A Second Draw PPP borrower must demonstrate a revenue decline of 25% in any quarter of 2020 over the corresponding quarter OR submit tax returns showing a 25 percent decline in Fiscal Year (FY) 2020 revenue over FY 2019. For this purpose, “Revenue” is defined to mean “gross receipts”.
Source: National Law Review, 1/11/21
Taxation of Grants & Loans
You might think that a forgivable loan and grant funded through the same Act of Congress would be carry the same tax consequences, but guess again: we all know the IRS always keeps things less than straightforward. Here are some guidelines (with of course a caveat to consult with your tax professional):
The IRS has confirmed that a grant to a business constitutes gross income under the Internal Revenue Code and therefore is taxable. This makes sense from the point of view that the grants are meant to fill the gap in revenue due to Covid, but less sense if the amount was used for PPE or other Covid mitigation measures for the benefit of the public. You might want to check with a tax advisor on the tax treatment of any grant amount used for those measures.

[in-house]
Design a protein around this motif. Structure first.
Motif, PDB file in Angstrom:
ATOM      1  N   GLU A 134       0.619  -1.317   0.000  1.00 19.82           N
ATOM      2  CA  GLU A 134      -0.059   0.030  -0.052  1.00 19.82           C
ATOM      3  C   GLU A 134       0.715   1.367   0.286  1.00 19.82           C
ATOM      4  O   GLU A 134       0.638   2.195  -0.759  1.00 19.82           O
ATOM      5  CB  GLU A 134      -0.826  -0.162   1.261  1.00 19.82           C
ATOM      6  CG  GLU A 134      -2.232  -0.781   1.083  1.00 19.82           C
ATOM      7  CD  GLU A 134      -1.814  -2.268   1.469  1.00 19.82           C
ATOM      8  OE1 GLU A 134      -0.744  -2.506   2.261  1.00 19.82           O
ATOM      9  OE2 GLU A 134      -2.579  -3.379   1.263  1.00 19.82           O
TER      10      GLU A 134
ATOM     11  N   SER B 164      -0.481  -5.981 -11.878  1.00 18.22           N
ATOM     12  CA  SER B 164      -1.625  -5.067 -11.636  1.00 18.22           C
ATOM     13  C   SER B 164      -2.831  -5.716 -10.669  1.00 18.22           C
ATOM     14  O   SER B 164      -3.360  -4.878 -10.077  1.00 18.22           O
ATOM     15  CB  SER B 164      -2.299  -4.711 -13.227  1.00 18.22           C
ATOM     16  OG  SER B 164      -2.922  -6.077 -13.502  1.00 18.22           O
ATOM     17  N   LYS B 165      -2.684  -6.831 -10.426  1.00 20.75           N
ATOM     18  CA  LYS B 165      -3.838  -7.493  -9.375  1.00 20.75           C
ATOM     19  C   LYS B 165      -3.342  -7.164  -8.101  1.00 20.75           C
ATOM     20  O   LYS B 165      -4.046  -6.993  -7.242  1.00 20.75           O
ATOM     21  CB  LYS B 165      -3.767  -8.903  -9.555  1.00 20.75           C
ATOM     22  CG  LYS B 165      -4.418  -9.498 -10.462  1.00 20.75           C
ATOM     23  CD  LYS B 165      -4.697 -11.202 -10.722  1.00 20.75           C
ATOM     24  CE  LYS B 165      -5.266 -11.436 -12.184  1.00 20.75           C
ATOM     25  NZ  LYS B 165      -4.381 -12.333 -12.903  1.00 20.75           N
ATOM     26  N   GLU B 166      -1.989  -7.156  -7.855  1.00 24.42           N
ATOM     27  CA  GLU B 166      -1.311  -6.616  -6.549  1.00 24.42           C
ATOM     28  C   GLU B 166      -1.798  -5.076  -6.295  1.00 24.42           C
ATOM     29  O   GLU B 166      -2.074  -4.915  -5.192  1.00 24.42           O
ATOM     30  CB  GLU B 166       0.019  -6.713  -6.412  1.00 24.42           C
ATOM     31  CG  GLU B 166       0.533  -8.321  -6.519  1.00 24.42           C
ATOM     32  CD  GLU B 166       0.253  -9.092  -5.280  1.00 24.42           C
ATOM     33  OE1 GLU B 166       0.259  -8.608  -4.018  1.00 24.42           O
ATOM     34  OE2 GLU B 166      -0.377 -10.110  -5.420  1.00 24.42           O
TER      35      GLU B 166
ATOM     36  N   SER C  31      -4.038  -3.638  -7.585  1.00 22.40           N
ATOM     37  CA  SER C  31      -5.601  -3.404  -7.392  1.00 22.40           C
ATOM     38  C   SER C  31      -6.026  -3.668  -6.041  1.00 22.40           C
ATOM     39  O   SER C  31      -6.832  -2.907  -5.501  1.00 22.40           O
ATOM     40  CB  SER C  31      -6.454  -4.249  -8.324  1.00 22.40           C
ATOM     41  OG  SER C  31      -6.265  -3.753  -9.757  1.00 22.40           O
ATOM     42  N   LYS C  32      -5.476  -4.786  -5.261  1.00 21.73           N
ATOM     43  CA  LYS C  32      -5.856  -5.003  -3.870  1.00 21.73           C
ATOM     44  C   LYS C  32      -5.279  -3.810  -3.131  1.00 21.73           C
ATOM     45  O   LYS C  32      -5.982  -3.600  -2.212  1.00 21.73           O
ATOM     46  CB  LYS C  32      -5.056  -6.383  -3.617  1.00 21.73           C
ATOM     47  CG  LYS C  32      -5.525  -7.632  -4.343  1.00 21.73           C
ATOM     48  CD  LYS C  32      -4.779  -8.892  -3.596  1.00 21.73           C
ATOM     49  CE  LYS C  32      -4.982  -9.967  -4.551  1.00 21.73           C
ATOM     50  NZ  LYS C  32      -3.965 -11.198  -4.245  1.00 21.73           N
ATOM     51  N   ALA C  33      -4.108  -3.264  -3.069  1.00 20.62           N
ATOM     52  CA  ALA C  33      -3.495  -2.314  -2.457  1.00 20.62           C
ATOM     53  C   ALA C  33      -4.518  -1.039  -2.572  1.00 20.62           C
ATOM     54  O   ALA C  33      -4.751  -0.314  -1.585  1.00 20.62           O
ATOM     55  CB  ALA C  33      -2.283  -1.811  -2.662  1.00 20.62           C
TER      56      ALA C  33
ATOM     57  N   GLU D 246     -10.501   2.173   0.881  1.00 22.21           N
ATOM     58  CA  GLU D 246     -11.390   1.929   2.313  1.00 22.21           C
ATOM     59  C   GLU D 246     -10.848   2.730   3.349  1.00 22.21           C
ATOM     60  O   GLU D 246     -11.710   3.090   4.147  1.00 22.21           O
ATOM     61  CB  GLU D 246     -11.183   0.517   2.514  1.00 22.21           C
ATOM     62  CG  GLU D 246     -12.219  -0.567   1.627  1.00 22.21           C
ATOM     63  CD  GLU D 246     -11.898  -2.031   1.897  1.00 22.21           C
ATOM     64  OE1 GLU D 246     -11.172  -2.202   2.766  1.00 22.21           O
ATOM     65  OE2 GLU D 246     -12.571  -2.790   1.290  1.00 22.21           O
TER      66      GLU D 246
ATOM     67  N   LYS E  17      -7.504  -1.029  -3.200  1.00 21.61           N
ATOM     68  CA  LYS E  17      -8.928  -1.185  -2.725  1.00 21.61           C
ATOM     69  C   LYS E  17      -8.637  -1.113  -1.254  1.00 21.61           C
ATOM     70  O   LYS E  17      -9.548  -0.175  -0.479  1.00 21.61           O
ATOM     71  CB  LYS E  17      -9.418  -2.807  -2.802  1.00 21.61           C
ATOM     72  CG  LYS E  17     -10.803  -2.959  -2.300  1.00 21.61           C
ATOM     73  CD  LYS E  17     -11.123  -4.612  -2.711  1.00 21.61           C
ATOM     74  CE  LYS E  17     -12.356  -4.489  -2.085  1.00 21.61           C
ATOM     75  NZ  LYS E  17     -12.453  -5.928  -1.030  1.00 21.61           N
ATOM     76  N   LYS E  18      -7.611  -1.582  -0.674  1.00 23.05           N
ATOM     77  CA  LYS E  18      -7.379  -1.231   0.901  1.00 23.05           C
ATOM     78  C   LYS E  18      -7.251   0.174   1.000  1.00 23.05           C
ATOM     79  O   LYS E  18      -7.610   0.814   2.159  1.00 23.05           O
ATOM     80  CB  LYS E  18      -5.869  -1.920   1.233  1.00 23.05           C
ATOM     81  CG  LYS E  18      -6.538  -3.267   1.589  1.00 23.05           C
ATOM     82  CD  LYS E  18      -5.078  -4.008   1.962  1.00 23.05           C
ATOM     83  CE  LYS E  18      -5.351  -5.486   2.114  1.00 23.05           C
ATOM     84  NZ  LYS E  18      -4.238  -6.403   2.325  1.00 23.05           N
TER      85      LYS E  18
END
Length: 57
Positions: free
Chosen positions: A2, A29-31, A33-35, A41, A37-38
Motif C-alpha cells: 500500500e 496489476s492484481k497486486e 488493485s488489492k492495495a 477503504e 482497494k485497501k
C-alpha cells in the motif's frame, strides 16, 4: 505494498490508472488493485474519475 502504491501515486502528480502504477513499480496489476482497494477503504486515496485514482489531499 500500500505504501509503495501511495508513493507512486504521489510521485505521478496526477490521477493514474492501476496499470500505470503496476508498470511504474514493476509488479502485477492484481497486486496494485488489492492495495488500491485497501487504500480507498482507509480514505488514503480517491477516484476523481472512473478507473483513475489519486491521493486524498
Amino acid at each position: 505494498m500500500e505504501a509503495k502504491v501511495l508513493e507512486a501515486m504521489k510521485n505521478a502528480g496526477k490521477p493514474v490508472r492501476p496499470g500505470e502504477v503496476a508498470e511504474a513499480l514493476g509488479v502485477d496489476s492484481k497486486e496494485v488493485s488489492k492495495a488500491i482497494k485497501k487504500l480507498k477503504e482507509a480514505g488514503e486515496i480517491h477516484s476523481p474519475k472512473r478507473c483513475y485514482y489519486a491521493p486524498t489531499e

Meanwhile, for PPP loans that are forgivable, the outcome is more tax neutral. The cancelled debt is excluded from gross income. Accordingly, expenses paid with the proceeds are not deductible, but neither is the forgiven loan amount taxable. Treasury guidance on this matter here.
How to get PPP Loans Forgiven
Guidance and details on PPP Forgiveness is now available.
Work with trusted advisors to set up and keep accurate records. The best way to remain prepared is to standardize your record keeping for your PPP loan and to have all your documents easily accessible. Focus on records for the allowable uses under your PPP loan, such as payroll reports, utility expenses, mortgage interest and rent expenses. If you need assistance with this, contact us and we can refer you to a great, local, no-fee resource at firstname.lastname@example.org.
Three PPP Loan Forgiveness Application Forms are now available:
- Form 3508S (Instructions) –simplified application for borrowers with loans of $50,000 or less
- Form 3508EZ (Instructions)
- Form 3508 (Instructions)